Making the last run of the season with her sister ship the SS Edward Y. Townsend, the Morrell became caught in winds exceeding 70 mph (110 km/h) and swells that topped the height of the ship (20–25 foot waves).[4] During the early morning hours, the Townsend made the decision to take shelter in the St. Clair River, leaving the Morrell alone on the waters north of Pointe Aux Barques, Michigan, heading for the protection of Thunder Bay. At 2 am, the ship began its death throes, forcing the crew onto the deck, where many jumped to their deaths in the 34 degree Lake Huron waters. At 2:15 am, the ship broke in two, and the remaining crewmen loaded into a raft on the forward section of the vessel. While they waited for the bow section to sink and the raft to be thrown into the lake, there were shouts that a ship had been spotted off the port bow. Moments later, it was discovered that the looming object was not another ship, but in fact the Morrell’s aft section, barreling towards them under the power of the ship’s engines. The two sections collided, with the aft section continuing into the distance. In the words of writer William Ratigan, the remnants of the vessel disappeared into the darkness ‘like a great wounded beast with its head shot off’.[5]


The Morrell was not reported missing until 12:15pm the following afternoon, 30 November, after the vessel was overdue at its destination, Taconite Harbor, Minnesota. The U.S. Coast Guard issued a ‘be on the lookout’ alert and dispatched several vessels and aircraft to search for the missing freighter.

At around 4:00 pm on 30 November a Coast Guard helicopter located the lone survivor, 26-year-old Watchman Dennis Hale, near frozen and floating in a life raft with the bodies of three of his crewmates. Hale had survived the nearly 40-hour ordeal in frigid temperatures wearing only a pair of boxer shorts, a lifejacket, and a pea coat.

The survey of the wreck found the shipwreck in 220 feet (67 m) of water with the two sections 5 miles (8.0 km) apart.[6]

The SS Edward Y. Townsend, after having escaped the same fate as her sister, had been discovered as having a large crack in its deck that grew worse from the same storm. It was declared a total loss and was docked for almost two years. Plans were made to tow the vessel to Europe to be scrapped. On her way during tow, she was caught in a strong storm on October 7, 1968 off Newfoundland and snapped in two, foundering in the general vicinity that the RMS Titanic had sunk.[7] The German saltie Nordmeer which had grounded at Thunder Bay Island Shoal on November 19 was declared a total loss after the additional damage to its bottom caused by the storm.[8]

The destructive force of the November seas and wind were an important factor in this loss, as it has been in many similar incidents on the Great Lakes.[9] The Coast Guard investigation of the Morrell sinking concluded that it broke in half due to the brittle steel used in her hull which was a ‘common problem’ in ships built before 1948.[10]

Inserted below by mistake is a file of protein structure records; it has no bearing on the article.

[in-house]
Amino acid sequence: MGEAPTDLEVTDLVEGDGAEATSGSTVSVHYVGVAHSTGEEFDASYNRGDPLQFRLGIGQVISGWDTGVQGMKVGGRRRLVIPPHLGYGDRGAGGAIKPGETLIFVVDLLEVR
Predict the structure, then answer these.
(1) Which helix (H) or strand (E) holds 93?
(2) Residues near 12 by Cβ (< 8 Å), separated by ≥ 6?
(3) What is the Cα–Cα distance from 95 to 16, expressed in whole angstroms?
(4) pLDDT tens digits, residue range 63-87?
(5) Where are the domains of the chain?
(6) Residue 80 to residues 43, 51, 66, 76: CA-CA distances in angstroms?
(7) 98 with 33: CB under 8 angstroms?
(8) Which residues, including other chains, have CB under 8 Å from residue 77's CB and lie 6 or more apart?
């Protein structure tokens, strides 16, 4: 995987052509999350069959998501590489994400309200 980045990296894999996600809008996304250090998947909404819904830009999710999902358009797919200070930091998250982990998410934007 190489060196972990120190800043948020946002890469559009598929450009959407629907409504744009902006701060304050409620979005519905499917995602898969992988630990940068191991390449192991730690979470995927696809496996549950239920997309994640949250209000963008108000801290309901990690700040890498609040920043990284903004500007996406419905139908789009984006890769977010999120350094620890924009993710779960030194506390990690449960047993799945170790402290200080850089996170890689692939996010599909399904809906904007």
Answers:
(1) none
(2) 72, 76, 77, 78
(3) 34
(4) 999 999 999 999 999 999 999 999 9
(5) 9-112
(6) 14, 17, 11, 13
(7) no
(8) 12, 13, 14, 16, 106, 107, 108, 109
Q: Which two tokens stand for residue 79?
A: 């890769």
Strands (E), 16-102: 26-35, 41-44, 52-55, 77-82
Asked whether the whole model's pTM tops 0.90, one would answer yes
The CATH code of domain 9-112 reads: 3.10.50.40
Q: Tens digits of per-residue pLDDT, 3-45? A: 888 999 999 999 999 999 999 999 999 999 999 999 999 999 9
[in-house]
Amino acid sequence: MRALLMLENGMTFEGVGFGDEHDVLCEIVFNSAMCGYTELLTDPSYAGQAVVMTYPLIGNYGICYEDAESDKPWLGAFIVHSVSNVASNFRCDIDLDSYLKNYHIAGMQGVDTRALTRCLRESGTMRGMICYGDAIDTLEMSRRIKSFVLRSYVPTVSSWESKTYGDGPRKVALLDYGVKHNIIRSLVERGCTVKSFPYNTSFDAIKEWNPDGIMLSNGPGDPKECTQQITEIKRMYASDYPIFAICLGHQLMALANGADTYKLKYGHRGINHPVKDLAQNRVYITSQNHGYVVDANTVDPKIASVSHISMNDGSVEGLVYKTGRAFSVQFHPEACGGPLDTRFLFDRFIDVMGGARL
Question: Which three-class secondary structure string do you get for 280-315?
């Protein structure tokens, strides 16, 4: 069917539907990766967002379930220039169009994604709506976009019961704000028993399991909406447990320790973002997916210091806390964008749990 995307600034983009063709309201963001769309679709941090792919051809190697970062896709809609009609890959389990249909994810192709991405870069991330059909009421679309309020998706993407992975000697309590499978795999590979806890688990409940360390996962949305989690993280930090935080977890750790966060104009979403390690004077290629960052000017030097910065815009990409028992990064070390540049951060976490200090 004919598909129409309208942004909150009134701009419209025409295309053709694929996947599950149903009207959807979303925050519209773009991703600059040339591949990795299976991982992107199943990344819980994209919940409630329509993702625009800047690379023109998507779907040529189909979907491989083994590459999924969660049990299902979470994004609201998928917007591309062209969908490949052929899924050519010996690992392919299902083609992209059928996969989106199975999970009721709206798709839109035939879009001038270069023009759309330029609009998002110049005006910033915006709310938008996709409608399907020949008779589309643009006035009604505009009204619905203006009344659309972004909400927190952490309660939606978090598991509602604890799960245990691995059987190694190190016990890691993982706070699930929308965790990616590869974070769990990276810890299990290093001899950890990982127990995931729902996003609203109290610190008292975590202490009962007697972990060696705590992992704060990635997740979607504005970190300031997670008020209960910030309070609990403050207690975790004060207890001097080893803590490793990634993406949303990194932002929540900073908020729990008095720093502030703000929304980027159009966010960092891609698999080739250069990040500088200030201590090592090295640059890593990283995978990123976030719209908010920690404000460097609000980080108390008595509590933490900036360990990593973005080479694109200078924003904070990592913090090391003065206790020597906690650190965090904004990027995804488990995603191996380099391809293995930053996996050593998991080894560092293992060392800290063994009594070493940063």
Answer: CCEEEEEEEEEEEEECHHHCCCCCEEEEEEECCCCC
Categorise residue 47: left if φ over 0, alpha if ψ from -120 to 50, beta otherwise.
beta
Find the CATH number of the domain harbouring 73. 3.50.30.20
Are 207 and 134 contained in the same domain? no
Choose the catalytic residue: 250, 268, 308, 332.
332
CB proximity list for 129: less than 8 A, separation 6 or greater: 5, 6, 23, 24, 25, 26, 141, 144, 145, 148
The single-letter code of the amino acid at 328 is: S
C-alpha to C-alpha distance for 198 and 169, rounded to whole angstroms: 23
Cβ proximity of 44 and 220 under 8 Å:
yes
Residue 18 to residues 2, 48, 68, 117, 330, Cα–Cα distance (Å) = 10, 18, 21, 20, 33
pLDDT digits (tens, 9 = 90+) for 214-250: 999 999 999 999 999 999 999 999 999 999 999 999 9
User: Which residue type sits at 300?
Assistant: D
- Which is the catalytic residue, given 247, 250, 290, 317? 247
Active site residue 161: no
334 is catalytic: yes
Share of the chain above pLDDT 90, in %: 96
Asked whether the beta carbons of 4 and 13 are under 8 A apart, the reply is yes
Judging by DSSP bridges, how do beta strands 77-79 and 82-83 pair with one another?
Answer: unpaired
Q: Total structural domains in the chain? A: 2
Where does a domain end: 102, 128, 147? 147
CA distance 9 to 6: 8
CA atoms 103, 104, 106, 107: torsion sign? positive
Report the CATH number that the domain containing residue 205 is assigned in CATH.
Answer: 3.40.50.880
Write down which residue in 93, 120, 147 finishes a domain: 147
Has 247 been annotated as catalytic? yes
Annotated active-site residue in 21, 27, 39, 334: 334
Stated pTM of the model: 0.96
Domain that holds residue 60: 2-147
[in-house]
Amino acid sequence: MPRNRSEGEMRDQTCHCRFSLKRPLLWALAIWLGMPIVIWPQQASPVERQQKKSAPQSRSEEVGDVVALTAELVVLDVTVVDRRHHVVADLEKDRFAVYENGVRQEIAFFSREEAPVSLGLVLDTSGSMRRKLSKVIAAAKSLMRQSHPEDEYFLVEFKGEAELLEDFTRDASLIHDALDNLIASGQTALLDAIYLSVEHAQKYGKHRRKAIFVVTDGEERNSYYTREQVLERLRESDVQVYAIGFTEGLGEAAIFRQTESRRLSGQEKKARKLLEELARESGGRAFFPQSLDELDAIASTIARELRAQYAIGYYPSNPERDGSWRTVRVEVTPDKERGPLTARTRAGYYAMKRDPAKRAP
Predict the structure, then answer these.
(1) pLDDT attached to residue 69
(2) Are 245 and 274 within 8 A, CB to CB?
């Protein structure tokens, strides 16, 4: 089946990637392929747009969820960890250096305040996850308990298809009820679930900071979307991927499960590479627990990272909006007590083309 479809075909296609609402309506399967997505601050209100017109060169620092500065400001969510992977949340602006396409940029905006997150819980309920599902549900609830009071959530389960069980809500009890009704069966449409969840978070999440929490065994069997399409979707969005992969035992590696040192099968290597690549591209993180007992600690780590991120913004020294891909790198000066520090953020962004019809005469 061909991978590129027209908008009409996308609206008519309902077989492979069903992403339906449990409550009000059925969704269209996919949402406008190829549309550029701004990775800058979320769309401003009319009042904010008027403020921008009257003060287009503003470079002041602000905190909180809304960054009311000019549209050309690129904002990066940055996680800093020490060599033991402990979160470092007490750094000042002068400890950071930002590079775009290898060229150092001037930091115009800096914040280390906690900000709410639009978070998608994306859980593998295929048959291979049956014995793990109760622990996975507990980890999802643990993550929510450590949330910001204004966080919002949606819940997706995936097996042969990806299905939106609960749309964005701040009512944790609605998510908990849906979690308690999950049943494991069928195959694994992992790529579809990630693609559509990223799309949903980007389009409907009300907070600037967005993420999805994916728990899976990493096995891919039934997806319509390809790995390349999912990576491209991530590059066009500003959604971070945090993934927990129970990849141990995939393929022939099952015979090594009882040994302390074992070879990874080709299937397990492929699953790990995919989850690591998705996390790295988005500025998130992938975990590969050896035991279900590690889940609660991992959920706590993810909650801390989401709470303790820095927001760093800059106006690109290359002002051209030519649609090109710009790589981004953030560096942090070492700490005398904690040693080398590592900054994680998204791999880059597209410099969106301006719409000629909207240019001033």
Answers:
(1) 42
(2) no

In addition to the SS Edmund Fitzgerald, other contemporary Great Lakes freighters lost under similar circumstances were the SS Carl D. Bradley and the SS Henry Steinbrenner.

The following crew were lost in the sinking:[1]
Bragg, Norman M., 40, Niagara Falls, NY, Watchman
Campbell, Stuart A., 60, Marinette, WI, Wheelsman
Cleary, John J., Jr., 20, Cleveland, OH, Deckhand
Crawley, Arthur I., 47, Rocky River, OH, Master
Dahl, George A., 38, Duluth, MN, Third Assistant Engineer
Davis, Larry G., 27, Toledo, OH, Deckwatch
Fargo, Arthur S., 52, Ashtabula, OH, Fireman
Fosbender, Charles H., 42, St. Clair, MI, Wheelsman
Grippi, Saverio, 53, Ashtabula, OH, Coal Passer
Groh, John M., 21, Erie, PA, Deckwatch (missing)
Homick, Nicholas P., 35, Hudson, PA, Second Cook
Kapets, Phillip E., 51, Ironwood, MI, First Mate
Konieczka, Chester, 45, Hamburg, NY, Fireman
MacLeod, Duncan R., 61, Gloucester, MA, Second Mate
Mahsem, Joseph A., 59, Duluth, MN, Porter
Marchildon, Valmour A., 43, Kenmore, NY, First Assistant Engineer
Marcotte, Ernest G., 62, Waterford, MI, Third Mate
Norkunas, Alfred G., 39, Superior, WI, Second Assistant Engineer
Price, David L., 19, Cleveland, OH, Coal Passer (missing)
Rischmiller, Henry, 34, Williamsville, NY, Wheelsman
Satlawa, Stanley J., 39, Buffalo, NY, Steward (missing)
Schmidt, John H., 46, Toledo, OH, Chief Engineer
Sestakauskas, Charles J., 49, Buffalo, NY, Porter
Simpson, Wilson E., 50, Albemarle, NC, Oiler
Stojek, Arthur E., 41, Buffalo, NY, Deckhand
Truman, Leon R., 45, Toledo, OH, Coal Passer
Wieme, Albert P., 51, Knife River, MN, Watchman
Worcester, Donald E., 38, Columbia Falls, ME, Oiler
The remains of 25 of the 28 lost crewmen were eventually recovered, most in the days following the sinking, although bodies from the Morrell continued to be found well into the spring of the following year. The three men whose bodies were never recovered were declared legally dead in May 1967.

http://en.wikipedia.org/wiki/SS_Daniel_J._Morrell (References at Link)

References and Additional Information:
http://en.wikipedia.org/wiki/SS_Daniel_J._Morrell http://www.guideposts.org/inspiration/mysterious-ways/sole-survivor?page=full http://digital.library.wisc.edu/1711.dl/WI.morrell http://www.uscg.mil/hq/cg5/cg545/docs/boards/danmorrell.pdf http://www.disastercity.info/titanic/index.shtml http://en.wikipedia.org/wiki/USS_Ponaganset_(AO-86)
Graveyard of the Lakes by Mark L. Thompson, Wayne State U. Press, 2000
(This book is available as an ibook and focuses on the real causes of ship wrecks and how they could have been prevented)
The only survivor also has a book which may be ordered:
Shipwrecked: Reflections of the Sole Survivor
An Autobiography
by Dennis Hale